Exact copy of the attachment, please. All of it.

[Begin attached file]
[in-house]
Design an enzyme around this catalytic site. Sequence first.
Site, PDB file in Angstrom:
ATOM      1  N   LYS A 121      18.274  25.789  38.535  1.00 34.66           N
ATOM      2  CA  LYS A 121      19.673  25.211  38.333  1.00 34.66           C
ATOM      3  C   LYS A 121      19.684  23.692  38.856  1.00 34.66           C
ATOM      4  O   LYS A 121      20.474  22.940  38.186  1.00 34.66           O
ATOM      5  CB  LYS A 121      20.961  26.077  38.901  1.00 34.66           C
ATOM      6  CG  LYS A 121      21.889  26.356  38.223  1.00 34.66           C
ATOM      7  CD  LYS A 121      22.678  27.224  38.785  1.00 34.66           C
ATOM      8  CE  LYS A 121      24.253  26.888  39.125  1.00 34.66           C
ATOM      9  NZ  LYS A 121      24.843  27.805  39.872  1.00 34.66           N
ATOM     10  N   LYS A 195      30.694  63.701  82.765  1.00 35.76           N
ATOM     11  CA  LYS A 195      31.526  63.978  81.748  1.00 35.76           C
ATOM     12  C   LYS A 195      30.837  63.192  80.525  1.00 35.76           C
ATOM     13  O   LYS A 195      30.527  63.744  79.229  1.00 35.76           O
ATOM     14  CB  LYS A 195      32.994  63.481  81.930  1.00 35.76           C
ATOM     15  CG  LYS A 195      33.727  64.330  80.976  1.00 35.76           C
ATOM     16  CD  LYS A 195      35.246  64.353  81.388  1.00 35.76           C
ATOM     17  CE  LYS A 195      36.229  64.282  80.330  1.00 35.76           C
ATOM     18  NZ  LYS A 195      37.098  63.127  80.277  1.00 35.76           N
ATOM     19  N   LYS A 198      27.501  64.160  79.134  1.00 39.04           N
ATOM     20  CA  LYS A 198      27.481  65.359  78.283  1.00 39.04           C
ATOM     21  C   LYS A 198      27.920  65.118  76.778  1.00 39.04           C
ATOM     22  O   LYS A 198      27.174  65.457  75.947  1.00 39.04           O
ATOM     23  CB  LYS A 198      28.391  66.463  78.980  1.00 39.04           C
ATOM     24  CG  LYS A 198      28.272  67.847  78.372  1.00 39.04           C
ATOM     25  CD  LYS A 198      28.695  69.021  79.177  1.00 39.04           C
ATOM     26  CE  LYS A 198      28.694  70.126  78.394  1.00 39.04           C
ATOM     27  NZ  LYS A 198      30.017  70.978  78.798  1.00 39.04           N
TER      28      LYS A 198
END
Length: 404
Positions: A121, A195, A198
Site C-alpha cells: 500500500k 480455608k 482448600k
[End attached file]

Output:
[in-house]
Design an enzyme around this catalytic site. Sequence first.
Site, PDB file in Angstrom:
ATOM      1  N   LYS A 121      18.274  25.789  38.535  1.00 34.66           N
ATOM      2  CA  LYS A 121      19.673  25.211  38.333  1.00 34.66           C
ATOM      3  C   LYS A 121      19.684  23.692  38.856  1.00 34.66           C
ATOM      4  O   LYS A 121      20.474  22.940  38.186  1.00 34.66           O
ATOM      5  CB  LYS A 121      20.961  26.077  38.901  1.00 34.66           C
ATOM      6  CG  LYS A 121      21.889  26.356  38.223  1.00 34.66           C
ATOM      7  CD  LYS A 121      22.678  27.224  38.785  1.00 34.66           C
ATOM      8  CE  LYS A 121      24.253  26.888  39.125  1.00 34.66           C
ATOM      9  NZ  LYS A 121      24.843  27.805  39.872  1.00 34.66           N
ATOM     10  N   LYS A 195      30.694  63.701  82.765  1.00 35.76           N
ATOM     11  CA  LYS A 195      31.526  63.978  81.748  1.00 35.76           C
ATOM     12  C   LYS A 195      30.837  63.192  80.525  1.00 35.76           C
ATOM     13  O   LYS A 195      30.527  63.744  79.229  1.00 35.76           O
ATOM     14  CB  LYS A 195      32.994  63.481  81.930  1.00 35.76           C
ATOM     15  CG  LYS A 195      33.727  64.330  80.976  1.00 35.76           C
ATOM     16  CD  LYS A 195      35.246  64.353  81.388  1.00 35.76           C
ATOM     17  CE  LYS A 195      36.229  64.282  80.330  1.00 35.76           C
ATOM     18  NZ  LYS A 195      37.098  63.127  80.277  1.00 35.76           N
ATOM     19  N   LYS A 198      27.501  64.160  79.134  1.00 39.04           N
ATOM     20  CA  LYS A 198      27.481  65.359  78.283  1.00 39.04           C
ATOM     21  C   LYS A 198      27.920  65.118  76.778  1.00 39.04           C
ATOM     22  O   LYS A 198      27.174  65.457  75.947  1.00 39.04           O
ATOM     23  CB  LYS A 198      28.391  66.463  78.980  1.00 39.04           C
ATOM     24  CG  LYS A 198      28.272  67.847  78.372  1.00 39.04           C
ATOM     25  CD  LYS A 198      28.695  69.021  79.177  1.00 39.04           C
ATOM     26  CE  LYS A 198      28.694  70.126  78.394  1.00 39.04           C
ATOM     27  NZ  LYS A 198      30.017  70.978  78.798  1.00 39.04           N
TER      28      LYS A 198
END
Length: 404
Positions: A121, A195, A198
Site C-alpha cells: 500500500k 480455608k 482448600k